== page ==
Court name
Court of Appeal of Uganda
Judgment date
24 March 2016

Kabinenda v Mugisha & 17 Ors (Civil Application Number-2010/172) [2016] UGCA 45 (24 March 2016);

Cite this case
[2016] UGCA 45
Short summary:

Civil Procedure, Appeals and reviews, Notice of Appeal

                            THE REPUBLIC OF UGANDA




(Arising from the judgment in High Court, Mbarara Civil Suit No. 20 of 1984 (Justice V.F. Musoke Kibuuka) delivered on 08.10.2003)




PIO KABINENDA ……………………………………………………………..APPLICANT





This is an application brought by way of Notice of Motion under rules 82 (2), 43 (1) and 44 (1) of the Rules of this court for orders that a Notice of Appeal filed by the respondents on the 31st of December 2003 be struck out with costs. The grounds of the application are contained in the affidavit of the Applicant. The Respondents did not file an affidavit in reply.

The facts giving rise to the Application are as follows;

The Respondents sued the Applicant in Mbarara High Court vide Civil Suit No. 20 of 1984 seeking to recover land comprising Rwampara, Block 3, Plot 91, which was registered in the Applicant’s name. The Respondents also sought a declaration that the land belonged to them, an order directing the Commissioner for Land Registration to cancel or rectify the Respondent’s Certificate of Title, general damages and costs of the suit. Judgment was delivered against the Respondents on the 8th of October 2003. The respondents being dissatisfied with the said judgment lodged a Notice on Appeal on the 31st day of December, 2003.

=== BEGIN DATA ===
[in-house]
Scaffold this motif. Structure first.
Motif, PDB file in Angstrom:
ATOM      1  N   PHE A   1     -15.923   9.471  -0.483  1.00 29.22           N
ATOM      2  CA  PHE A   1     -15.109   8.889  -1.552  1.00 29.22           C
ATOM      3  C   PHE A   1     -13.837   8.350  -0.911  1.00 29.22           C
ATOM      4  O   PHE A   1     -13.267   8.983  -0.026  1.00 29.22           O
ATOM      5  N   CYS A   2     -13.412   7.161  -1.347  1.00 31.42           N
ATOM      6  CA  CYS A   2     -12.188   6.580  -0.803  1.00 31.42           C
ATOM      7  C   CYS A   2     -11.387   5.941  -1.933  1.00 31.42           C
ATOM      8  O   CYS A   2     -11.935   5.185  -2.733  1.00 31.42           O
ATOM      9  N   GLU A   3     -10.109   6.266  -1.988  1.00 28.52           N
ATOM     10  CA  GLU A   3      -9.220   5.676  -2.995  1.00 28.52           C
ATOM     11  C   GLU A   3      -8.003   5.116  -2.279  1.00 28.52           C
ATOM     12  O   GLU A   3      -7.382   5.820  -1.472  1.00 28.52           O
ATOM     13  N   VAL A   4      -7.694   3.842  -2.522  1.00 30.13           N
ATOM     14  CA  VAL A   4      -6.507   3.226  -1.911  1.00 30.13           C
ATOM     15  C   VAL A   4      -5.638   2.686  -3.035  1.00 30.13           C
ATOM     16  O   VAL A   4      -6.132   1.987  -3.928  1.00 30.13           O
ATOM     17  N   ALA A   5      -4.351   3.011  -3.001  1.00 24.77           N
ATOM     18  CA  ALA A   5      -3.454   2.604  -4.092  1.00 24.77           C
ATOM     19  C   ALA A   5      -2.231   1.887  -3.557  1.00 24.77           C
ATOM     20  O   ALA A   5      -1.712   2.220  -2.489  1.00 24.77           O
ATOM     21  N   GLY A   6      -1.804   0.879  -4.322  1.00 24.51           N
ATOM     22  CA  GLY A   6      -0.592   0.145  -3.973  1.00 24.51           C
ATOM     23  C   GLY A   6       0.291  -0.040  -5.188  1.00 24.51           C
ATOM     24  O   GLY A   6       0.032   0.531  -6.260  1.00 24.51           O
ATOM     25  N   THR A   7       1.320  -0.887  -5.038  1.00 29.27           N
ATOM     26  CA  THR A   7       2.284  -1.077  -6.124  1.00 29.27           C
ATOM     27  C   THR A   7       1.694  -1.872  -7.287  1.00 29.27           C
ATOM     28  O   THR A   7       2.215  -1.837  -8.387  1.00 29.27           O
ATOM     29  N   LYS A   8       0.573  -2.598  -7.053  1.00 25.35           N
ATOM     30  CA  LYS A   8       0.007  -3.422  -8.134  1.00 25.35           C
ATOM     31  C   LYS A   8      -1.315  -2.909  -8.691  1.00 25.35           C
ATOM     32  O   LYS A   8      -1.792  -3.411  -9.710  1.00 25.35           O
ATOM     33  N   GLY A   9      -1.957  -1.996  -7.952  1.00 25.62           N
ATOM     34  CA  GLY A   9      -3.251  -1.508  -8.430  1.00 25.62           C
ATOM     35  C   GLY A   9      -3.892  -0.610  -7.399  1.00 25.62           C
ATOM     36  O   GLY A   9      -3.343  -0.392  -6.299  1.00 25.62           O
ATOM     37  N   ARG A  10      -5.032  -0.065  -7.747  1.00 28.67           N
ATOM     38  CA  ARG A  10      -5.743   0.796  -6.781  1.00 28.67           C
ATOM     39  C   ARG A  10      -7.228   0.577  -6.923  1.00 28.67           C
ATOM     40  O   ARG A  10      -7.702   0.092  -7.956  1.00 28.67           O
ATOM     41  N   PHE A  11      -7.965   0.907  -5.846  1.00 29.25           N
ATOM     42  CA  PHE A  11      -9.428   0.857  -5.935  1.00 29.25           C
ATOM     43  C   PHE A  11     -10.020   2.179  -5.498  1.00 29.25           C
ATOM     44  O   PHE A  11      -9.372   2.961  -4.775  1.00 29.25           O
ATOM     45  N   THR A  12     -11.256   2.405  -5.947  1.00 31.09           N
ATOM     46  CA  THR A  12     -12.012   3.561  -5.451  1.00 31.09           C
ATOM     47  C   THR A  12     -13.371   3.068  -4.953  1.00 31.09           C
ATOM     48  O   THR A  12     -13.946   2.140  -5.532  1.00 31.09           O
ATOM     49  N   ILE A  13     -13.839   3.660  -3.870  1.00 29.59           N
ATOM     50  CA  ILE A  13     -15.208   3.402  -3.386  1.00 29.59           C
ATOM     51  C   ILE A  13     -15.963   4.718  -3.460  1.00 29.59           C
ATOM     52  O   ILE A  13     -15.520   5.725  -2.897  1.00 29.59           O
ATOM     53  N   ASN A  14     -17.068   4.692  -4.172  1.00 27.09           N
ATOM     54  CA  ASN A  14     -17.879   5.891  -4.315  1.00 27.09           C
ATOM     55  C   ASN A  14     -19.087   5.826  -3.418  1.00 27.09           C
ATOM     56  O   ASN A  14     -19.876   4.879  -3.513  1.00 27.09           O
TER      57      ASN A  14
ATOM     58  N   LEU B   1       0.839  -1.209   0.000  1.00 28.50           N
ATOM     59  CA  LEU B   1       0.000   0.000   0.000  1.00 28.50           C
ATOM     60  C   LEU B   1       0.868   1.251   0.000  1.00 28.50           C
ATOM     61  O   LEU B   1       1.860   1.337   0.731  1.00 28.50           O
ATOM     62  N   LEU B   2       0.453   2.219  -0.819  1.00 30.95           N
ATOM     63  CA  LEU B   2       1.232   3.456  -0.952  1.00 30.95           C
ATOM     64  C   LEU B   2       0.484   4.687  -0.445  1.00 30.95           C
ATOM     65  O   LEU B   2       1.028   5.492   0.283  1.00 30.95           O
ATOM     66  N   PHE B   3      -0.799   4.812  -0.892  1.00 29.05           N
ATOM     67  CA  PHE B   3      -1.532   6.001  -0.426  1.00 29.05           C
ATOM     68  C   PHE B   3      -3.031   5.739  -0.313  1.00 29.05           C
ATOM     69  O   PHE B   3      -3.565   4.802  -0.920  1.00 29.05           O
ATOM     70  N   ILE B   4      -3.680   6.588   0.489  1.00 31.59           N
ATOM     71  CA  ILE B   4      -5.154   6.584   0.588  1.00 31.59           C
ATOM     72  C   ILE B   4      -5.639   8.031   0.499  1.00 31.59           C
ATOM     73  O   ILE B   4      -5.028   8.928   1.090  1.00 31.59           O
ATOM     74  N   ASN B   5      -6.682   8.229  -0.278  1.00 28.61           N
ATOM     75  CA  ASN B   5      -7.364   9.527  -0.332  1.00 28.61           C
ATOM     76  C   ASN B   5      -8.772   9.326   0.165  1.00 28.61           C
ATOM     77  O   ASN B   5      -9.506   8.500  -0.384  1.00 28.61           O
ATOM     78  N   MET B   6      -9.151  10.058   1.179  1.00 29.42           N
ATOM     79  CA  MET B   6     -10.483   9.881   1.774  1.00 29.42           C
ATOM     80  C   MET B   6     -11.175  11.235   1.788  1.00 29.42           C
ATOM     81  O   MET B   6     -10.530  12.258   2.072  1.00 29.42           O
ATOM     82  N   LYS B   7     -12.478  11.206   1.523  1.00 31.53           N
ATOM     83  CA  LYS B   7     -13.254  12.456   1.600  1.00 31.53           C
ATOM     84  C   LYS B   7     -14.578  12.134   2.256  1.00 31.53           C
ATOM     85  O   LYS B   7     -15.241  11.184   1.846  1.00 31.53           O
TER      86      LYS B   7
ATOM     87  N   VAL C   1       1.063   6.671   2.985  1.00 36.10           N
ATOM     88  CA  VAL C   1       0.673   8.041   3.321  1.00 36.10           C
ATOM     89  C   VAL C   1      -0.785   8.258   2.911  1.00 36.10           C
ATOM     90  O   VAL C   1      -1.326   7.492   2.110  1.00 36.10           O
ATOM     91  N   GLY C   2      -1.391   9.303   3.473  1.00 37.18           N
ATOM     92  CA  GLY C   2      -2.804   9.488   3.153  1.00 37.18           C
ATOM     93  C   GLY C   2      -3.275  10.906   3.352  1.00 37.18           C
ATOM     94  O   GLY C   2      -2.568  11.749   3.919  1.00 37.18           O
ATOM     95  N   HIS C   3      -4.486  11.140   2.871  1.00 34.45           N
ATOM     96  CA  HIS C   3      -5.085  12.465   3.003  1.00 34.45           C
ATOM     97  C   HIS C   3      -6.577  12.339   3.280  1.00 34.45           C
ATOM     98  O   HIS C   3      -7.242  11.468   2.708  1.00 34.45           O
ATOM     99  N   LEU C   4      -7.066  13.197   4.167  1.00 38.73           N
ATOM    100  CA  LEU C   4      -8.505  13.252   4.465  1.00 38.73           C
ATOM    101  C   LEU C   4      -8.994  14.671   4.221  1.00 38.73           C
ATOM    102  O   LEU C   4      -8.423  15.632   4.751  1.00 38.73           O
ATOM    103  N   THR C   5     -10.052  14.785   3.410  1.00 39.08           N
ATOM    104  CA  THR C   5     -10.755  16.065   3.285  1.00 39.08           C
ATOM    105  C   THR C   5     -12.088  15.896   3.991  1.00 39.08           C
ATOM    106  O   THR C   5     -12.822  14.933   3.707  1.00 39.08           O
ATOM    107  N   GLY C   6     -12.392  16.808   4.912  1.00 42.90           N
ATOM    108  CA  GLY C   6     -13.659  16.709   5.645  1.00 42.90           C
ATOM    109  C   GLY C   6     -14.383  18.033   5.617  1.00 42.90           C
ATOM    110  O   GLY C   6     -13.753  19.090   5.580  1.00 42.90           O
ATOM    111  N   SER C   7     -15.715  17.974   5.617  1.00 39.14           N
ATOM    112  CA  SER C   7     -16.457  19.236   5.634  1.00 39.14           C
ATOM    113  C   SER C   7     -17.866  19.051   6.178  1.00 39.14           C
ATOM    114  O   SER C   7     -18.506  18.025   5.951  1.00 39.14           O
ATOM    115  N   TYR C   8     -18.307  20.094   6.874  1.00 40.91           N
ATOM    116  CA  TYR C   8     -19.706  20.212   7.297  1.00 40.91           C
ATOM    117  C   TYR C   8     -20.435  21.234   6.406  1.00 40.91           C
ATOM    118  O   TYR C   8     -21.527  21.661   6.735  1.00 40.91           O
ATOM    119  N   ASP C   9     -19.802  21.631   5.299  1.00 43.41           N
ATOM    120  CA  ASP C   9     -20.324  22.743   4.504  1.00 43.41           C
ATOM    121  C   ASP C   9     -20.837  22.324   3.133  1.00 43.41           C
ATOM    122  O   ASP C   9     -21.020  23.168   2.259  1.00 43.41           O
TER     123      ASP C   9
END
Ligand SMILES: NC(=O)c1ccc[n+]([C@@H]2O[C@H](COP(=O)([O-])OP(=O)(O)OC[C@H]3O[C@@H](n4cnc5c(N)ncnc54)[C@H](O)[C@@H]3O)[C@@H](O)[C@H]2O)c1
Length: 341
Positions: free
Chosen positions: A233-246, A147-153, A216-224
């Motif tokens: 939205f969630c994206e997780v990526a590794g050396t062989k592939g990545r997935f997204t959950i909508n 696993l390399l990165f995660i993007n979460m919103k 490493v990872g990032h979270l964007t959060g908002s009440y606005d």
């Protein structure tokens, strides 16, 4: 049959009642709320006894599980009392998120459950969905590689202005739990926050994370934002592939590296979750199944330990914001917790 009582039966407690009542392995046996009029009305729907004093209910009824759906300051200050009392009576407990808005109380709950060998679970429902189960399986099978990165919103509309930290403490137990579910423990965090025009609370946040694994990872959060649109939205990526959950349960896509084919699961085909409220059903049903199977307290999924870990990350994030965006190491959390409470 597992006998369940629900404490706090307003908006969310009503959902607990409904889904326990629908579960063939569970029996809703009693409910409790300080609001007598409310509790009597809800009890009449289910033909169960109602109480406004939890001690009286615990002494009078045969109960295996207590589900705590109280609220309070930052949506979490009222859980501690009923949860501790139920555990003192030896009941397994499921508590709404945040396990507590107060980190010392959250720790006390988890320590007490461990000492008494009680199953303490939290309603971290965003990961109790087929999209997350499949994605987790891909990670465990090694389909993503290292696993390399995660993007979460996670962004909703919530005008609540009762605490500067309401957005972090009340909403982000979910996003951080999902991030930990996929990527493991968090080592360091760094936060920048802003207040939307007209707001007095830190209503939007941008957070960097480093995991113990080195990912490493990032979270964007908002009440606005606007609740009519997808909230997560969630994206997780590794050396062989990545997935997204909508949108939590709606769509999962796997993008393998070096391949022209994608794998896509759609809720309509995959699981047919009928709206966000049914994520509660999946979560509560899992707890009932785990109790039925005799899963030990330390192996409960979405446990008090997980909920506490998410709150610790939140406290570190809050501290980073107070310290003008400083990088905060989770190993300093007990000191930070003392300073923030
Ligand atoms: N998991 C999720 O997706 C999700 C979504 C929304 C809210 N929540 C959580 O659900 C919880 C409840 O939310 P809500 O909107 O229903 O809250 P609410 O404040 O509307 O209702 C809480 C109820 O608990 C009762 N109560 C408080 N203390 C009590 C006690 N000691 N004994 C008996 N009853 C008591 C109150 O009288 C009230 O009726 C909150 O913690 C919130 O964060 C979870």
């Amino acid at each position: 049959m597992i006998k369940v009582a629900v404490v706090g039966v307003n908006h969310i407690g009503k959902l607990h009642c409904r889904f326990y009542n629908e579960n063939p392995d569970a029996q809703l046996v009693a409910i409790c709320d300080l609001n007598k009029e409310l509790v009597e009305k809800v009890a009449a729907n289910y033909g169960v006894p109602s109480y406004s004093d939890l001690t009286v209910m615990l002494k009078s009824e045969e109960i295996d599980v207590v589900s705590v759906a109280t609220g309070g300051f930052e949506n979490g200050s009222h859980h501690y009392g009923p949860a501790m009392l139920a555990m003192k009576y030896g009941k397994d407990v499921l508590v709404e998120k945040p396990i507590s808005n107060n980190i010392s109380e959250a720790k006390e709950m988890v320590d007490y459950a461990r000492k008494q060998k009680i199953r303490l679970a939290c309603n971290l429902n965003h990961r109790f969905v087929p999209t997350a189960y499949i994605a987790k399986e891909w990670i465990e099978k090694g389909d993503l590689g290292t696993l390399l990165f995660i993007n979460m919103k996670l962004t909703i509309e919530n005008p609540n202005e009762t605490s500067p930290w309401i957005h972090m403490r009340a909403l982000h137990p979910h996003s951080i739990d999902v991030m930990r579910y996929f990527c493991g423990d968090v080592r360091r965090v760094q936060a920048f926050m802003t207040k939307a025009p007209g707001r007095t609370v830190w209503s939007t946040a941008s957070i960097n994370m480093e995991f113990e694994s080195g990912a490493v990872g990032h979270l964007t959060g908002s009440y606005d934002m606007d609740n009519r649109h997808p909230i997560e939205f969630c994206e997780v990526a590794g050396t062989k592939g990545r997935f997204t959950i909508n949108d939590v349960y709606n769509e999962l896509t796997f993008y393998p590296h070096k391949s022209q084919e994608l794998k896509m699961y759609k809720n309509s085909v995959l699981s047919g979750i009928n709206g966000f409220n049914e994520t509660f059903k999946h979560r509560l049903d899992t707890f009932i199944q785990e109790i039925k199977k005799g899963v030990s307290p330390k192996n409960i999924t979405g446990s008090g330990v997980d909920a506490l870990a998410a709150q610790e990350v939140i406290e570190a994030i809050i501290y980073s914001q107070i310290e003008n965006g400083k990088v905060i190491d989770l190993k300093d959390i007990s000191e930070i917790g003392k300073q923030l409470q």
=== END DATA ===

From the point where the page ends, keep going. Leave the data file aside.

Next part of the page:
Subsequently, the Respondents filed an Application for extension of time vide Civil Application No.66 of 2005 which was disposed of by consent of both parties and the Respondents were allowed to file the Record of Appeal within 15 days from the 28th day of May, 2010. The Record of Appeal was meant to have been filed on the 14th day of June, 2010 but since then, the Respondents have not taken any other step to prosecute the Appeal hence this Application.

At the hearing of the Application, the Applicant was represented by John Mary Mugisha while the Respondents were unrepresented. Counsel Benson Tusasirwe of Tusasirwe and Co. Advocates was served and he indicated on the Notice of Motion that the firm no longer had instructions to represent the Respondents.

We ruled that since Counsel who are on record as representing the Respondents never notified Court and the Applicant’s Counsel that they no longer represented the respondents and only endorsed the Notice of Motion when the same was served upon them so without coming to court to explain further their relationship with their client, that service upon them was effective service under Rule 50 sub rule 3 of the Rules of this court. We accordingly ordered the hearing to proceed.

Counsel for the Applicant informed court that the Applicant passed away 2 years ago and appointed him as one of his executors of his will (he availed court with a copy of the grant). He therefore prayed that he and Mr. Bibangamba his co-executor be made parties to the Application as legal representatives of the applicant's estate under Rule 97 and rule 2 of the Rules of this Court, which prayer was granted. Court also allowed him to proceed with the Application as a party to it.